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health care

roadskater's picture

Health Care Done Well Various Ways in the United States of America

I don't care to get too political here, because I'm not going to change your mind about anything, and you're not so likely to change anyone else's, perhaps. Everyone has their views, but here's one view from someone who has lived around the world and now lives back in the US, back in the US, back in the USA.

Take it with whatever grain or block of salt or poison you'd like, but...

I found it inspiring...

to hear that there are some people in the United States of America trying to find ways to bring the most and best care per dollar to everyone who needs it, in an effort to reduce the costs to all and improve the care to all. There are so many saying we can not do it. It is nice to hear some people are trying...and doing.

http://video.pbs.org/video/2198039605/

roadskater's picture

Of Course a Fatigued Brain Might Just Want to Give Up and Stop Skating or Cycling Sooner

This article reminds us of some simple ideas but with some testing to back it up. Even in sports requiring lots of sprinting, there are moments that depend on endurance. In roadskating and roadcycling, that's certainly true, especially in the distances we love, some of us. The basic idea was to test whether watching relatively neutral documentary shows vs. taking a fairly mentally tough test would produce an effect on subsequent endurance athletic tests.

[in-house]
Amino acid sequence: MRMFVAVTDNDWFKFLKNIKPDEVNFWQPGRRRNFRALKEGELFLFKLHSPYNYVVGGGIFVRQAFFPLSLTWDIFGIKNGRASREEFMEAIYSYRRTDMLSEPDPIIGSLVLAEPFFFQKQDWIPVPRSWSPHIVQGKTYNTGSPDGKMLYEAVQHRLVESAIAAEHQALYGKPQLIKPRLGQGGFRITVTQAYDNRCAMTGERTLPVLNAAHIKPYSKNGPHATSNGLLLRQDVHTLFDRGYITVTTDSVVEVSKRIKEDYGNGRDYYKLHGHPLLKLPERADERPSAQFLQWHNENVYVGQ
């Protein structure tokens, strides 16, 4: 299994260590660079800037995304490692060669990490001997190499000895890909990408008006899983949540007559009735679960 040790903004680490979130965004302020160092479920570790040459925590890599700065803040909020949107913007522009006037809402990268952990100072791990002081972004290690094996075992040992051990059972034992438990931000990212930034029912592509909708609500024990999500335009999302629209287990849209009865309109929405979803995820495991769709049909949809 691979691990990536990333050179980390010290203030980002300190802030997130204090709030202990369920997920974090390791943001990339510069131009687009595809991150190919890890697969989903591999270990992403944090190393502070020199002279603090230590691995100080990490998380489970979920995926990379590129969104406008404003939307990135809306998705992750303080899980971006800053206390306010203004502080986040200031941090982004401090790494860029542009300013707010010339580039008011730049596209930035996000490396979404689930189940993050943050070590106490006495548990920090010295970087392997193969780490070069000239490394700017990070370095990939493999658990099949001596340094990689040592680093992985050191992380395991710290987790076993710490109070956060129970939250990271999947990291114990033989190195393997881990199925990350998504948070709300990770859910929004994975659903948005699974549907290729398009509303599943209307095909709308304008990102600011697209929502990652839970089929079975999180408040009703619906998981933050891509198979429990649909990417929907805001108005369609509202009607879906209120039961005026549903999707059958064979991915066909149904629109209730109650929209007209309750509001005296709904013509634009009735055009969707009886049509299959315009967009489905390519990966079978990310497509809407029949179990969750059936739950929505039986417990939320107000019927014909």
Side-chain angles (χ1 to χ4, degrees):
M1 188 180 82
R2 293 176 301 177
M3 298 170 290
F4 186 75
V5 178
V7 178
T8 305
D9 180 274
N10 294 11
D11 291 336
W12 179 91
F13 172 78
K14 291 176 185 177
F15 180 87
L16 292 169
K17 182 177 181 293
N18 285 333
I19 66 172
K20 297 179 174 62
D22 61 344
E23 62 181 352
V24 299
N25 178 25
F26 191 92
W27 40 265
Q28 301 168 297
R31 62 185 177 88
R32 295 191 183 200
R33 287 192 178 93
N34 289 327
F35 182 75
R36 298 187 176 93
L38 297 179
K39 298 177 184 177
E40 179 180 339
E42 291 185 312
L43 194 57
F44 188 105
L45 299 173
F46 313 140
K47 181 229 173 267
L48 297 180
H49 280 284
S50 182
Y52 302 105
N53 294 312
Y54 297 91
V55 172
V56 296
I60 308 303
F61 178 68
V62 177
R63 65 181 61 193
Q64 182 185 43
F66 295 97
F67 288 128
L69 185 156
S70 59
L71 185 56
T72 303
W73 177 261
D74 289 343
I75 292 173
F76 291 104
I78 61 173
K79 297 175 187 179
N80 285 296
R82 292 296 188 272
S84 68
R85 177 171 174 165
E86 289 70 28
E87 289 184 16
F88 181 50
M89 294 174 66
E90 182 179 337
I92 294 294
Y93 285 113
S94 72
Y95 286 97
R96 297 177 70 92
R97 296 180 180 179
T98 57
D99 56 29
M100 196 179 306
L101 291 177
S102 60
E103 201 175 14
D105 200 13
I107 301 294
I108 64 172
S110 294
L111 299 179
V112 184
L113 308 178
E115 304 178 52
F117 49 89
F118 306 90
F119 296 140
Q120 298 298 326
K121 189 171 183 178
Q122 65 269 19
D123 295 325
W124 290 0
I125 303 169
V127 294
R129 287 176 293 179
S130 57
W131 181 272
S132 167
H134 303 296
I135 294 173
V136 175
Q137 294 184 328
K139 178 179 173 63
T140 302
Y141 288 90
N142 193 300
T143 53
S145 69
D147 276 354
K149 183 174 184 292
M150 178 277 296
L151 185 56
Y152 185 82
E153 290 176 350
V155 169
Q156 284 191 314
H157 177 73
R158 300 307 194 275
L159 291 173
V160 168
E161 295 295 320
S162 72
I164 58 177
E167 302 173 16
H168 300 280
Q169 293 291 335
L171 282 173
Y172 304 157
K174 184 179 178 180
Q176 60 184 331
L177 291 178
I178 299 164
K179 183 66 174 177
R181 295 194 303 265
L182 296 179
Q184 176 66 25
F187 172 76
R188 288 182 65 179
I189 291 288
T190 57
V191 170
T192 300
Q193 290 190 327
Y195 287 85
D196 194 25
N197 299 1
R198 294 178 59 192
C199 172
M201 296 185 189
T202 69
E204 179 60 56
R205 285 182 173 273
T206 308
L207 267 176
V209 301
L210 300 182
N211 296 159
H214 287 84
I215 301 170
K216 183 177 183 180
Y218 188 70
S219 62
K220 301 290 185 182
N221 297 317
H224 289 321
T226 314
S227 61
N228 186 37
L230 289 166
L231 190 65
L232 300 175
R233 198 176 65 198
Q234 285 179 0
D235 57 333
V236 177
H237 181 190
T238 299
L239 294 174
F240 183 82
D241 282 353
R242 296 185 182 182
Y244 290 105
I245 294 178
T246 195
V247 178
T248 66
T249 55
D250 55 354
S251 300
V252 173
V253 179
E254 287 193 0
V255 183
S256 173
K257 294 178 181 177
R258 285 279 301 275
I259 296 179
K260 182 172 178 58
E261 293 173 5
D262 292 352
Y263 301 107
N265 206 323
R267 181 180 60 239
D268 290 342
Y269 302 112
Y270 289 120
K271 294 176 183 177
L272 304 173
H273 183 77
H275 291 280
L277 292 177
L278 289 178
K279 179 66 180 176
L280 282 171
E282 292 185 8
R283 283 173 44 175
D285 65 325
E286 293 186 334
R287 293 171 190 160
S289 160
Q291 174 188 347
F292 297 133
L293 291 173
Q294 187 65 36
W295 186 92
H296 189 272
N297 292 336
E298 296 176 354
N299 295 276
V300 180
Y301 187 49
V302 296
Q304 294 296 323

Although the cognitive test didn’t produce any physical fatigue, the volunteers gave up on the cycling test 15 per cent sooner when they were mentally fatigued compared to when they had simply watched the documentaries.

So I'm OK to watch some PBS before long distance workouts it seems.

roadskater's picture

Sports Medicine: Science or Celebrity

I'm not sure about access to this article for everyone, but the New York Times had an interesting piece on sports medicine, a booming segment of health care, and one in which roadskaters and roadcyclists are definitely interested. But how do we know there's real science behind the treatments and techniques on offer? The article is interesting on multiple levels, since the author received one of the treatments and wrote about it in an earlier article referenced within.

Fortunately, some people out there are trying to do the follow-up, but most of us wanna be like mike or whatever, so we are susceptible to celebrity ads or buzz. Anyway, not much to say, except this article seems worth a read as background for life on the road. I"m interested in others' thoughts and experiences. I'm certainly not saying that sports medicine has nothing to offer, but like most things that involve hope and money, it's hard to know what's real. 

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